Why We Cook Sally Fallon Morell shows why many foods need to be cooked
Mitochondria and Health Wayne Feister tells us why the mitochondria are all-important
Prenatal Ultrasound: Not So Sound Children’s Health Defense explains the risks of prenatal ultrasound
Dissecting Fake Burgers Sally Fallon Morell discusses lab-grown meat, GMO soy burgers and other tasteless junk
- President’s Message: The Fifty-Fifty Pledge
- Letters: Letters to the Editor of Wise Traditions
- Caustic Commentary: Sally Fallon Morell takes on the Diet Dictocrats
- Reading Between the Lines Merinda Teller explains what microwave ovens do to your food
- The Wise Traditions Pantry Kelly the Kitchen Kop suggests how to get your spouse on board with real food
- Homeopathy Journal Anke Zimmermann discusses perinatal trauma
- Technology As Servant John Moody on why to avoid hair dyes
- WAPF Podcast Interview Thaddeus Owen on the importance of sunlight
- All Thumbs Book Reviews
- Tim’s DVD Reviews
- Legislative Updates Judith McGeary keeps us up to date on
- Vaccination Updates Kendall Nelson explains why flu shots are unsafe and ineffective
- A Campaign for Real Milk:
- Healthy Baby Gallery: More Wise Traditions babies!
by Sally Fallon Morell
With this issue we celebrate twenty years of the Weston A. Price Foundation—the date of our incorporation was September 2, 1999! See pages ten and twenty-five for a walk down memory lane.
In honor of our birthday, WAPF has launched a campaign called the Fifty-Fifty Pledge, a drive asking our members to spend at least 50 percent of their food dollar purchasing raw milk and raw milk products, meat, poultry, eggs, produce and other nutrient-dense foods directly from local farmers and artisans.
In today’s world of corporate agriculture and food industry consolidation, the only way that we can save our pasture-based, pesticide-free farms is to make a conscious effort to purchase food directly from conscientious farmers. If you are lucky enough to live near such a farm, just make a habit of visiting the farm every week or two. If you are far from a farm, consider banding together with a few friends to take turns picking up your farm food, or join one of the many food clubs that deliver farm-fresh food to food drops.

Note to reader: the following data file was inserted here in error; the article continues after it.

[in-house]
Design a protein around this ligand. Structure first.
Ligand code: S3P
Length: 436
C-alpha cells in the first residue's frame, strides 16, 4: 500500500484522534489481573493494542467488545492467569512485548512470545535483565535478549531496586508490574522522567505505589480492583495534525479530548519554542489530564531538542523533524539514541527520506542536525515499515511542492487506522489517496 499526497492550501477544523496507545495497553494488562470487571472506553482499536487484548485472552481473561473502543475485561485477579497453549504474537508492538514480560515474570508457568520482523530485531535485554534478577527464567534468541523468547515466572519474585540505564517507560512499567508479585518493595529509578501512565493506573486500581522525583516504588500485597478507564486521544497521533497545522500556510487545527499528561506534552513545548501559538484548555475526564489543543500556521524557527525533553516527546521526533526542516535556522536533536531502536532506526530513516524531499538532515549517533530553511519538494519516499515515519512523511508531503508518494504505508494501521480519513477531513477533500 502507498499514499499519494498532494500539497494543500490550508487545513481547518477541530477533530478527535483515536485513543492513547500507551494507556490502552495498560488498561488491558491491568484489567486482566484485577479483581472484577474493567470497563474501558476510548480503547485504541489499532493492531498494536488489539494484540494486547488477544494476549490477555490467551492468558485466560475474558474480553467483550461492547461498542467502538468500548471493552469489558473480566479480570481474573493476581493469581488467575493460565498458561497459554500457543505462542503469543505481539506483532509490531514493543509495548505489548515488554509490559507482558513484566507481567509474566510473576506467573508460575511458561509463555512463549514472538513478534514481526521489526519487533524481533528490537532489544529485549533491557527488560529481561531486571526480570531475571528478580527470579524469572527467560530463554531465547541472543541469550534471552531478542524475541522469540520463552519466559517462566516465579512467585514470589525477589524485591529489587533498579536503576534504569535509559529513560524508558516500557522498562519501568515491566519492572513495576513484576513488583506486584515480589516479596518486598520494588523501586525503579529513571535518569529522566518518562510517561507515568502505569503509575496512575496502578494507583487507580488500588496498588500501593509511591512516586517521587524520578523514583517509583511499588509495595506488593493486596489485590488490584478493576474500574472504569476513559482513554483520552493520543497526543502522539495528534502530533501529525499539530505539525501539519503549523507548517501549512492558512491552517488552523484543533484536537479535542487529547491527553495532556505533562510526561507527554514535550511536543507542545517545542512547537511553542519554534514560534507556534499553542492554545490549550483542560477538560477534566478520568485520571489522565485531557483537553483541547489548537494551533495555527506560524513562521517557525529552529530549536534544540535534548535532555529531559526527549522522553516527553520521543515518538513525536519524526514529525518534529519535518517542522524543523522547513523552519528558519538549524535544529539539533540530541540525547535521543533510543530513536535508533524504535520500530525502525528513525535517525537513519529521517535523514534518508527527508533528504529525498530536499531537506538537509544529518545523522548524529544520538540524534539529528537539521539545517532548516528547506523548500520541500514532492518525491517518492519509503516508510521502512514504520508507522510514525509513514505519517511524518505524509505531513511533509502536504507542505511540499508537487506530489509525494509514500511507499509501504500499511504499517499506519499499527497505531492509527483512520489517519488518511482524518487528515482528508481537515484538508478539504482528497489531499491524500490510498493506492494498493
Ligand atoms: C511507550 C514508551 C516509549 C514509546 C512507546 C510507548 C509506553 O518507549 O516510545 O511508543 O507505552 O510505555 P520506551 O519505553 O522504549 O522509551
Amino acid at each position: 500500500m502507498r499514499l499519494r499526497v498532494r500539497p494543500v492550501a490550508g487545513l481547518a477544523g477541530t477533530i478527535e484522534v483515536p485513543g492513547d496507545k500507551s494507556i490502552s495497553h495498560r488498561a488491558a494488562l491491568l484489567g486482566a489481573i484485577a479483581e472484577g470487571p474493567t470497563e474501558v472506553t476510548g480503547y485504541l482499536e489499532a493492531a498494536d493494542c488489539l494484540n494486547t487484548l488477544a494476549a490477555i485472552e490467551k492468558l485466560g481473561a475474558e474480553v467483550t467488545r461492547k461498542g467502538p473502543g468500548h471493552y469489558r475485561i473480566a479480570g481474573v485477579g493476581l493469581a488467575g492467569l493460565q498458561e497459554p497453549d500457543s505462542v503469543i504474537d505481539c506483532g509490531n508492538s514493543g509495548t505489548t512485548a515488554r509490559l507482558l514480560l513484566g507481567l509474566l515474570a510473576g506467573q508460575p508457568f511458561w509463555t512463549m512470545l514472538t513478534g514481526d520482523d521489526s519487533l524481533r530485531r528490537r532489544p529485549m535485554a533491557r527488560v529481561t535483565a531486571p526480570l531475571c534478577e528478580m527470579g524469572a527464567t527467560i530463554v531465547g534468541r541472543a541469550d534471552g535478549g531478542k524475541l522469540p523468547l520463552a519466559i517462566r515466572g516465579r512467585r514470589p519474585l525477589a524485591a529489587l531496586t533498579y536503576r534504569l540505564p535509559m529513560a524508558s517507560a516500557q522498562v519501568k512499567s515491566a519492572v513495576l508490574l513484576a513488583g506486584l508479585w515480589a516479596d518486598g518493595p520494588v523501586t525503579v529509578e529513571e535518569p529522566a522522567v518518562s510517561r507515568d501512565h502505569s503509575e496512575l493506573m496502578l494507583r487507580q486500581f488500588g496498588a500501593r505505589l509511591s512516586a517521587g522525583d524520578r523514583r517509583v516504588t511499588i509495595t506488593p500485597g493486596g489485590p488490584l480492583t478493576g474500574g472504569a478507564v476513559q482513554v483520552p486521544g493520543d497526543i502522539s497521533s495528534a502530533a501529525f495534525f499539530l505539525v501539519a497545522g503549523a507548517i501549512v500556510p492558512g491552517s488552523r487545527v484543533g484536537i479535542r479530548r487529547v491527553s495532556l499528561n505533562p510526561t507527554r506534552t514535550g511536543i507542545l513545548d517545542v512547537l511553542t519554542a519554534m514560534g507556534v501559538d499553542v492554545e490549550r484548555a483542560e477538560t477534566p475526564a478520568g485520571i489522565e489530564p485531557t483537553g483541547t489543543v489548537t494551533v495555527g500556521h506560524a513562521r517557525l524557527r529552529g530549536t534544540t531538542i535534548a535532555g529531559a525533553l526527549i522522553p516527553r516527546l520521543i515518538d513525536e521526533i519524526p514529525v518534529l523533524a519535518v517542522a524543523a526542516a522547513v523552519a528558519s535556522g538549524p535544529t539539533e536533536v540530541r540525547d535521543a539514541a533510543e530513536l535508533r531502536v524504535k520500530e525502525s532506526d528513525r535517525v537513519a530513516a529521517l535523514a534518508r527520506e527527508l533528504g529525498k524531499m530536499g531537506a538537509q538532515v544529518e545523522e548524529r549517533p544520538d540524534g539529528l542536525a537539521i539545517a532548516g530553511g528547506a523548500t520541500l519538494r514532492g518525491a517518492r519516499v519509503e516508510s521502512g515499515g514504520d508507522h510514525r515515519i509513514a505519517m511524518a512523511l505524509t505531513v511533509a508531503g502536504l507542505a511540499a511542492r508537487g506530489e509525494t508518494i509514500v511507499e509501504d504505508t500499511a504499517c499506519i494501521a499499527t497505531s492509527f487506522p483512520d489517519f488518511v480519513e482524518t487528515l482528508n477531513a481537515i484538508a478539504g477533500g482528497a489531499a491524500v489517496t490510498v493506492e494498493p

Moreover, the highest quality food today is mostly produced on regenerative family farms. For those of you not in the habit of purchasing from a farm, you can start now by giving yourself and your family the gift of improved health by patronizing your local farmer. For sources of local food, contact your WAPF chapter leader or go to websites like realmilk.com and farmmatch.com. The health of present and future generations depends on a prosperous small-farm sector.
Purchasing your food directly from local farmers doesn’t mean you have to forego the world’s marketplace. With the other 50 percent of your food dollar, you can celebrate how small the world has become, enjoying rice and pineapple, spices and exotic ingredients from remote parts of the globe. Modern technology gives us terrible processed food—which we need to make every effort to avoid—but also allows us to have the best of both worlds, local and international.
We are looking forward to the best of everything—food, speakers, exhibitors, friends, networking—at Wise Traditions 2019, our 20th annual conference! We hope you will join us to celebrate. We have a terrific program planned, with many new speakers as well as perennial favorites. For further information and to register, see pages fourteen to seventeen, or visit wisetraditons.org.